Fifth, investment into renewables and low-carbon electricity-generation capacity is increasingly the norm among IOCs in Europe. Shell, BP, Total, and Equinor are at the forefront, and Equinor (formerly Statoil) even changed its name to reflect its shift in strategy and ambition, becoming a major player in offshore wind in particular. Offshore wind platforms require similar expertise to offshore oil and gas platforms, and the company is trying to leverage its advantage with managing complex manned or unmanned offshore projects in difficult marine settings.37Columbia Energy Exchange, “Eldar Saetre: Innovation and Transformation Across the Energy Landscape,” Columbia University, Center on Global Energy
Policy podcast host Jason Bordoff speaks with the president and CEO of Equinor, September 17, 2018,
Even if they have not changed their names,38In 1998, British Petroleum changed its name to BP. most IOCs have made considerable efforts to rebrand themselves as “energy companies” as opposed to oil and gas companies, in order to cast themselves in a more positive and progressive light from a climate perspective and retain the ability to attract and retain talent from younger generations interested in participating in the energy transition.39Columbia Energy Exchange, “Eldar Saetre.” Pressures to take a more progressive role in climate action increasingly come from the ranks of their own employees, particularly in the case of European IOCs.

Sixth, creating a corporate venture-capital fund to invest in start-ups in the new energy space has also become a widespread practice mostly in Europe, with Shell leading the charge by setting up its venture arm in 1996.40Karel Beckman, “Exclusive Interview: Mark Gainsborough, Head, Shell New Energies: ‘We are further along than people realize,’”, June 21,
BP, Total, Shell, and Equinor have been ramping up investments through their venture firms in the past few years.

Seventh, all European IOCs are bullish on e-mobility and electric vehicles, buying up or partnering with electriccharging providers and expanding charging facilities, leveraging their retail networks in Europe. In Shell’s case, this also stems from a more bullish outlook on the spread of electric vehicles (EVs),41Ron Bousso and Karolin Schaps, “Shell Sees Oil Demand Peaking by Late 2020s as Electric Car Sales Grow,” Reuters, July 2017, https://www.reuters.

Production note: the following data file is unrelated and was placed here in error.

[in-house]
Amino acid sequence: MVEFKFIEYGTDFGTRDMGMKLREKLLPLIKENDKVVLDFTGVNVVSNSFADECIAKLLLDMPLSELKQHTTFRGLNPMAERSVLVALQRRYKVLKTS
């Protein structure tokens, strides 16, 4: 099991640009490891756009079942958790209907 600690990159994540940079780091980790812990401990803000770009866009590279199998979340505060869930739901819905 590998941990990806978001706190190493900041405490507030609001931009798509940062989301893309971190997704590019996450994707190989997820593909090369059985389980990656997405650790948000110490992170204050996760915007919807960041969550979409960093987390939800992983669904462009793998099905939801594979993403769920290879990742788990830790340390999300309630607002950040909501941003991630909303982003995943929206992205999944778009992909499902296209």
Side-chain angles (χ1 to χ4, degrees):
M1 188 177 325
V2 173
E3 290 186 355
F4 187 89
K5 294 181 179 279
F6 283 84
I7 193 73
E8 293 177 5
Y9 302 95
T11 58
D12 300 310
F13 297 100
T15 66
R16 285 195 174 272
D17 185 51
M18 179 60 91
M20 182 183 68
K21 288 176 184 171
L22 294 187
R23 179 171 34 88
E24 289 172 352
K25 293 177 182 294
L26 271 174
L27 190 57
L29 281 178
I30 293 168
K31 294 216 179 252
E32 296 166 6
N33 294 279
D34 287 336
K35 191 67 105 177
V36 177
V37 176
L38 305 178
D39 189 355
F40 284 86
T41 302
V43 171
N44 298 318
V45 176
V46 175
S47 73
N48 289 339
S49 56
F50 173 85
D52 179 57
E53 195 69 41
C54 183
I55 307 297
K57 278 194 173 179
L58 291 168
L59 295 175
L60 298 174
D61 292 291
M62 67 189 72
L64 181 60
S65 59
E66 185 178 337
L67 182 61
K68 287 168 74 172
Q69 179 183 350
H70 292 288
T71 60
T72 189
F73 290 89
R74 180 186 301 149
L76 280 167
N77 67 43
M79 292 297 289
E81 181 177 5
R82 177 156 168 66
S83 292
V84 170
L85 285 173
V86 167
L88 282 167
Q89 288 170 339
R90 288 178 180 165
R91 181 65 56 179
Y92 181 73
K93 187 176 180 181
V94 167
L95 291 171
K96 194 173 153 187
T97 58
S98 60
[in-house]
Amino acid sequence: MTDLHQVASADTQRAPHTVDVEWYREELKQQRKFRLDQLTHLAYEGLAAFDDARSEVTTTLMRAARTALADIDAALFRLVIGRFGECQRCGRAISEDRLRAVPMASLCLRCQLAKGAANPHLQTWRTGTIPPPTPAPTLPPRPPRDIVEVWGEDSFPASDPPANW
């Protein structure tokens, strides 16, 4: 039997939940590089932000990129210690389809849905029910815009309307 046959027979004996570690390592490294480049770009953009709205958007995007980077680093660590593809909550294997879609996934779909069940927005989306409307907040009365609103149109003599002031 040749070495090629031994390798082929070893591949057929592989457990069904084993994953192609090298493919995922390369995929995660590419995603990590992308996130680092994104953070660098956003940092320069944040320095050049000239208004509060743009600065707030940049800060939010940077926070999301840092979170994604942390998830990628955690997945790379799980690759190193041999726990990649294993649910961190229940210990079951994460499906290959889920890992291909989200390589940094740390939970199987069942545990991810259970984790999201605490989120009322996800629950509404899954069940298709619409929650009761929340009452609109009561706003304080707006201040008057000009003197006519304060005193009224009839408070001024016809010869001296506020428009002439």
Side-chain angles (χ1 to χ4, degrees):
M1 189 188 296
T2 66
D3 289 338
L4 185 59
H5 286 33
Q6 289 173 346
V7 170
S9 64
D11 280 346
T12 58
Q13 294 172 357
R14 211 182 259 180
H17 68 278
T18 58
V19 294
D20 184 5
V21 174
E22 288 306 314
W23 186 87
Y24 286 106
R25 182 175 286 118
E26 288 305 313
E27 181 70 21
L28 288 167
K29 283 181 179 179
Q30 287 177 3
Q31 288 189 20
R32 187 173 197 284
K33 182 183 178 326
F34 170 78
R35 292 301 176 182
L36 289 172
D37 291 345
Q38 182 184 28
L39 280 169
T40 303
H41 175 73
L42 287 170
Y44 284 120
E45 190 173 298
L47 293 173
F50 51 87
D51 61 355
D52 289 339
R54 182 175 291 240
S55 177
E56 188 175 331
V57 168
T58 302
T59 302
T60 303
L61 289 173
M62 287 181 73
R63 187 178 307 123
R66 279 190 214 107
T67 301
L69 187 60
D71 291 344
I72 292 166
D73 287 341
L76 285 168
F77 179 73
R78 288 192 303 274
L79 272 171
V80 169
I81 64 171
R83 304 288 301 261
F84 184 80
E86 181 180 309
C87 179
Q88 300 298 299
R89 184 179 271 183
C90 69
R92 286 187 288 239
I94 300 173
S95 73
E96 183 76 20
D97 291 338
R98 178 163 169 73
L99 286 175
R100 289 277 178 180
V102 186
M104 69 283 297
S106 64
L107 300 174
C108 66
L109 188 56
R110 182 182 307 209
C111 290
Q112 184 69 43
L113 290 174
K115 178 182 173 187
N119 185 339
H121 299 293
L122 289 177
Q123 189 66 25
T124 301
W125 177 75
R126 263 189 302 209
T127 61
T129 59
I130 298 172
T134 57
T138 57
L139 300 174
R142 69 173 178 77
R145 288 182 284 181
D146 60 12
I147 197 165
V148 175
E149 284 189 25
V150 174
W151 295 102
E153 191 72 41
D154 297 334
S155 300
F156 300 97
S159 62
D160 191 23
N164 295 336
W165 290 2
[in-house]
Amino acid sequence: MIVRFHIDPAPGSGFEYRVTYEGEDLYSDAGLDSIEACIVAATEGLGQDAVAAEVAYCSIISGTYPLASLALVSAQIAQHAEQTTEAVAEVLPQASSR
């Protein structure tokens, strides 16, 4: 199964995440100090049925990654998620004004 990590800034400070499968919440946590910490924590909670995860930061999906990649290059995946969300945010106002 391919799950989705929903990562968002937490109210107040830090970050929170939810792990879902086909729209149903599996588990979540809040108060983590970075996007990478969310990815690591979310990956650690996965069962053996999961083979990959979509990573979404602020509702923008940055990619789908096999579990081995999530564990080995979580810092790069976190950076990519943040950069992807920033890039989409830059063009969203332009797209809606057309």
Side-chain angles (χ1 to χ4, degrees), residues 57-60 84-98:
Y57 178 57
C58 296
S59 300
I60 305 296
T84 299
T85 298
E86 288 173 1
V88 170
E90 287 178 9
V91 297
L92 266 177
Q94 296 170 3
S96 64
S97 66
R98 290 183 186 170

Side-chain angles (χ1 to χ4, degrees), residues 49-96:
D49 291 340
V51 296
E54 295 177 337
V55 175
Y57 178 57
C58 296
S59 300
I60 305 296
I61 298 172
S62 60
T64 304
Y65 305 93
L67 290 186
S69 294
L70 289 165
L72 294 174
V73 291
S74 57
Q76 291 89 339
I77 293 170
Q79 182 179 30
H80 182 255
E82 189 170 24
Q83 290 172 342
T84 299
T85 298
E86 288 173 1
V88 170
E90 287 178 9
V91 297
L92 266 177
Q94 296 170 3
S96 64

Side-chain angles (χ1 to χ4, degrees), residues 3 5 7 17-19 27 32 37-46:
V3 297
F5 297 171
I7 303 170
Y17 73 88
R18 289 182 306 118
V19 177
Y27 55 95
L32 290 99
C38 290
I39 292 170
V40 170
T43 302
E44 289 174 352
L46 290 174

while in most cases, it appears to be part of a hedging strategy to capture an emerging, albeit perceived to be marginal, market segment. This approach is only beginning to take hold in the United States, with Chevron’s cautious investment into ChargePoint, and ExxonMobil’s active interest in e-mobility.

Eighth, the further development of battery technologies is widely considered to be the potentially most disruptive factor for IOCs, as cheaper and more efficient batteries can speed up the deployment of electric vehicles, fundamentally affecting oil demand. The grid-scale deployment of batteries could also threaten the role of natural gas in electricity generation.

42Mark Chediak, “The Battery Will Kill Fossil Fuels—It’s Only a Matter of Time,” Bloomberg, March 8, 2018,
IOCs are closely watching this space, and some, like Total, BP, and Shell, are making smaller-scale investments in storage companies.


This issue brief offers a snapshot of IOC adaptation strategies. IOCs have diverging views on future market developments, the pace of the energy transition, about if, when and to what extent the role of oil will diminish, the ability of renewables and electric cars to penetrate the market, and the potential impact of clean energy developments on their business models. Yet, beneath the divergence, there is an underlying consensus that the threat to their core business model is not imminent, and a gradual approach to diversification is preferred for the time being.

At the same time more and more IOCs are identifying upside business opportunities for companies investing in new low-carbon energy technologies. European IOCs with more ambitious—if risky and potentially costly— diversification and acquisition strategies may find themselves at a critical advantage later. American IOCs are more conservative in their assessment of the impact of market shifts, government policies, declining lowcarbon energy technology cost curves, and disruptive innovations in the energy space on their business models, but there are some recent signs that this approach may be changing.

The fundamentals of IOC business models and their ability to adjust to changing realities will be tested going forward.43Stevens, “International Oil Companies: The Death of the Old Business Model.” Many IOCs have successfully reinvented themselves multiple times in the past. Time will tell which companies will benefit from the current energy transition and which ones will struggle to cope with the disruptions to come, and to what extent the oil industry can play a constructive role in developing a new, more climatefriendly energy system for the twenty-first century.

David Koranyi is a senior fellow for energy diplomacy at the Atlantic Council’s Global Energy Center.